In a previous Tips article, Breezy Silver provided some tips and tricks to help those new to database/vendor license negotiation and management. Since there are always ongoing questions, concerns, and changes to licensing business data for various use cases within academia, Kelly LaVoice and Erin Wachowicz continue this conversation and provide additional challenges and guidance that will help academic librarians work with commercial vendors and their institutions’ constituents on this complex topic. Ryan Splenda and Eve Wider, Column Editors
Collection development challenges come in each stage of the procurement process; from content coverage to pricing, librarians work to identify and acquire optimal collections for their constituents. An increasingly intricate area within collection development is licensing. A license agreement between a publisher and client outlines the rights of both the owner and client when providing access to a product or service for a set period of time. The document will also include details on what both parties can and cannot do and the compensation that will be exchanged. It is common practice for subscribers to suggest changes to a standard agreement, working alongside a vendor to ensure a final contract protects the rights and interests of both parties. Without a formal background in contract law, librarians may find license agreements intimidating.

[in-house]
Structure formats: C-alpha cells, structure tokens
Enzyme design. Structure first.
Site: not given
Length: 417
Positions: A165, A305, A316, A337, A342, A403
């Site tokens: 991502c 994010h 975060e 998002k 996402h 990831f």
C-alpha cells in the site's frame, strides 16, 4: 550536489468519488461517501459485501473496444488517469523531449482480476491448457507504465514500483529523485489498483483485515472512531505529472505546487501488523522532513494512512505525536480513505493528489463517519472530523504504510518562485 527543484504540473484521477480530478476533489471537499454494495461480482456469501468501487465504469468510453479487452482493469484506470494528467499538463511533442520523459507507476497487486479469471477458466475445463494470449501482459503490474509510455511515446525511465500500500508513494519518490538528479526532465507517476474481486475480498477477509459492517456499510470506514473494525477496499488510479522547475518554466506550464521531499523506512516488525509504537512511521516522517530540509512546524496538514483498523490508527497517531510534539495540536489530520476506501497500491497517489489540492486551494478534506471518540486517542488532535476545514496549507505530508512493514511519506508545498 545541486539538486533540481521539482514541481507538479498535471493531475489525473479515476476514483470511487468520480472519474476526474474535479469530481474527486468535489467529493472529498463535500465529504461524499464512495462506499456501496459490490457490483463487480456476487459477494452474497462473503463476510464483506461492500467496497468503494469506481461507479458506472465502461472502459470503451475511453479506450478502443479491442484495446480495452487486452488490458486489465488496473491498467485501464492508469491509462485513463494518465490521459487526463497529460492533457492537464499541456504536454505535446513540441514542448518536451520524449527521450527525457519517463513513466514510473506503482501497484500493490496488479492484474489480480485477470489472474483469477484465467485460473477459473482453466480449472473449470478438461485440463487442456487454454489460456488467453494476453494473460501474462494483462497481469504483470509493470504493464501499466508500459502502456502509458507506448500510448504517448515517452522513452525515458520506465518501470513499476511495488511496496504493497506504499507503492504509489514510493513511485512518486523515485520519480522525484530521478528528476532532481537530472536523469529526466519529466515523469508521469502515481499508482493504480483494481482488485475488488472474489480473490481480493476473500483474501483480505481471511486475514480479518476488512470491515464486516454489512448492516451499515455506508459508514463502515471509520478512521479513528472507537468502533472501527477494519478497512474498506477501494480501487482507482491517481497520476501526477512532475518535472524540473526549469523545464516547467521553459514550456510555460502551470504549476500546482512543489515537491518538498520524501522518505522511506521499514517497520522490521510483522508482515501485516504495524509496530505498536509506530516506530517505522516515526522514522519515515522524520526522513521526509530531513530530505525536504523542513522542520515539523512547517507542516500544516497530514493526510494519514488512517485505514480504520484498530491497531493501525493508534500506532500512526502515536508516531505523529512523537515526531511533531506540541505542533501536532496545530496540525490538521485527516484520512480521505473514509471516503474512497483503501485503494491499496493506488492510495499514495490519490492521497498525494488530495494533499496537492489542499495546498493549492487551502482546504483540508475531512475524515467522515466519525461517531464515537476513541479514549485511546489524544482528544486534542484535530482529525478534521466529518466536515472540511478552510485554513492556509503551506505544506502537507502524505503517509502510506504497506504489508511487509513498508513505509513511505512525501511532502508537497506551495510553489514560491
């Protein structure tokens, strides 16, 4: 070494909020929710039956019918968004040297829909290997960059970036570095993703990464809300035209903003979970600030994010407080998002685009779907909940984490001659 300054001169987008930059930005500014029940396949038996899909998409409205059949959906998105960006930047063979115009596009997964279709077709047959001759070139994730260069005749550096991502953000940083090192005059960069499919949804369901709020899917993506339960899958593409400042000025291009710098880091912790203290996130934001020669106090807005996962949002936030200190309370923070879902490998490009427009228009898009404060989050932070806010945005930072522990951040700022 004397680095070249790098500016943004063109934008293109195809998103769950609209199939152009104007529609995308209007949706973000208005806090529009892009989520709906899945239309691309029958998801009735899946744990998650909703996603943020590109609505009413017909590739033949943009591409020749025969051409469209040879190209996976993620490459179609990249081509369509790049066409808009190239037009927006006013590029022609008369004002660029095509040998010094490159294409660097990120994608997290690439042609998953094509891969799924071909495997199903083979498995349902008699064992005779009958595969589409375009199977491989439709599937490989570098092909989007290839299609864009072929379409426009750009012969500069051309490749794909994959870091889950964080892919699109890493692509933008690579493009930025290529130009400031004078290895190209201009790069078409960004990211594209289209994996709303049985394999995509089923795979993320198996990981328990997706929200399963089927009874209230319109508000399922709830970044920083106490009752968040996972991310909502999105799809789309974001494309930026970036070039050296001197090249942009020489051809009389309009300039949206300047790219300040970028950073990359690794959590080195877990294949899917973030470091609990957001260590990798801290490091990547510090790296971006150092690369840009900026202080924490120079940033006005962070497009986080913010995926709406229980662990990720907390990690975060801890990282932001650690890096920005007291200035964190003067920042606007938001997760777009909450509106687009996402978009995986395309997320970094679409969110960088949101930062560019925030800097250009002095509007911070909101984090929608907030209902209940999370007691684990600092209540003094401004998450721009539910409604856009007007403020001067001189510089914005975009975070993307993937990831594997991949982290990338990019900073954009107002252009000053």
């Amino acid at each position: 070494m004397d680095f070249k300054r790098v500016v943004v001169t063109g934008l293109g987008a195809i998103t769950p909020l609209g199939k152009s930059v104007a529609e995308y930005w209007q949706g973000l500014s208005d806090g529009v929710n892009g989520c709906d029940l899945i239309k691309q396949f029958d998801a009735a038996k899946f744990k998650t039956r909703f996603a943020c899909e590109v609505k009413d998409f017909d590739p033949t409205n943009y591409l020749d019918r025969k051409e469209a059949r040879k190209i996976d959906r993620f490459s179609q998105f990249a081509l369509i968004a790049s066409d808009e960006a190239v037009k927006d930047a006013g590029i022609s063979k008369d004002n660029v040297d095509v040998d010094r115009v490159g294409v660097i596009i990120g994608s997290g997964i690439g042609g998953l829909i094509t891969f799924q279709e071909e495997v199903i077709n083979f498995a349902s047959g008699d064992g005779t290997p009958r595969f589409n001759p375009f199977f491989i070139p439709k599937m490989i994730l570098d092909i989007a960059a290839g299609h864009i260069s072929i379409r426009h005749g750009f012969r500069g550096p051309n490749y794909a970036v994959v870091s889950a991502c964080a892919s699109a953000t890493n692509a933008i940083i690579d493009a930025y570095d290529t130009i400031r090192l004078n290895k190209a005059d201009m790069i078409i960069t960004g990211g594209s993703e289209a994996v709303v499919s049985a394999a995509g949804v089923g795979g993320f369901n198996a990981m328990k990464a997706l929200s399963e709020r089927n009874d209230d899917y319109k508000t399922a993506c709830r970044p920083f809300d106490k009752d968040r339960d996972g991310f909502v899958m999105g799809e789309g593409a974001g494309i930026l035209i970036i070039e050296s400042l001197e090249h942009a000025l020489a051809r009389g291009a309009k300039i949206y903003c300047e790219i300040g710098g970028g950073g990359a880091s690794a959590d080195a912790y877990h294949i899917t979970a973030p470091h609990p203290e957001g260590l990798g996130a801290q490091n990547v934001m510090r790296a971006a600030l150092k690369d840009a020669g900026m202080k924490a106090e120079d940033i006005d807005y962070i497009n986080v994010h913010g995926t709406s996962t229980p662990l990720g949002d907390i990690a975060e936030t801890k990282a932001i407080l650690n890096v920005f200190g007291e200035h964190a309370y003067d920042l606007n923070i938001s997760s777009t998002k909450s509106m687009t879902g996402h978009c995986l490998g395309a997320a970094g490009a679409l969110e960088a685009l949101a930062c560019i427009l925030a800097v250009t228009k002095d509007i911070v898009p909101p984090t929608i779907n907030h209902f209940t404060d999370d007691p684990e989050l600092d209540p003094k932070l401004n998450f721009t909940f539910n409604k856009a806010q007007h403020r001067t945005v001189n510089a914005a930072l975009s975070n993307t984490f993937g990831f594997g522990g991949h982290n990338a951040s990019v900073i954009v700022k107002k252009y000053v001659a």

The level to which a subject librarian is responsible for negotiating the terms of a license varies by institution. While some librarians may work with colleagues within their library systems, such as an e-resources librarian or acquisitions specialist, others may have direct responsibilities for negotiating with vendors during this part of the acquisition process. Some librarians work directly with a Business School to pursue subscriptions and do not have a team within the library to advise on the process. A library liaison may also be asked to assist a faculty member with acquiring data for a research project. Regardless of who is funding the data, the librarian can play a role in licensing by utilizing their unique expertise in research processes. It is increasingly vital for business librarians to have a solid understanding of licenses and to feel confident negotiating changes on behalf of their institution.
In 2019, our colleague Breezy Silver published an informative introduction for librarians new to licensing content. The article covers key elements of licenses, including clauses about permitted users, access methods, term lengths, indemnification clauses, jurisdiction, accessibility, and more. It is extremely helpful for anyone interested in learning more about the components of a license agreement.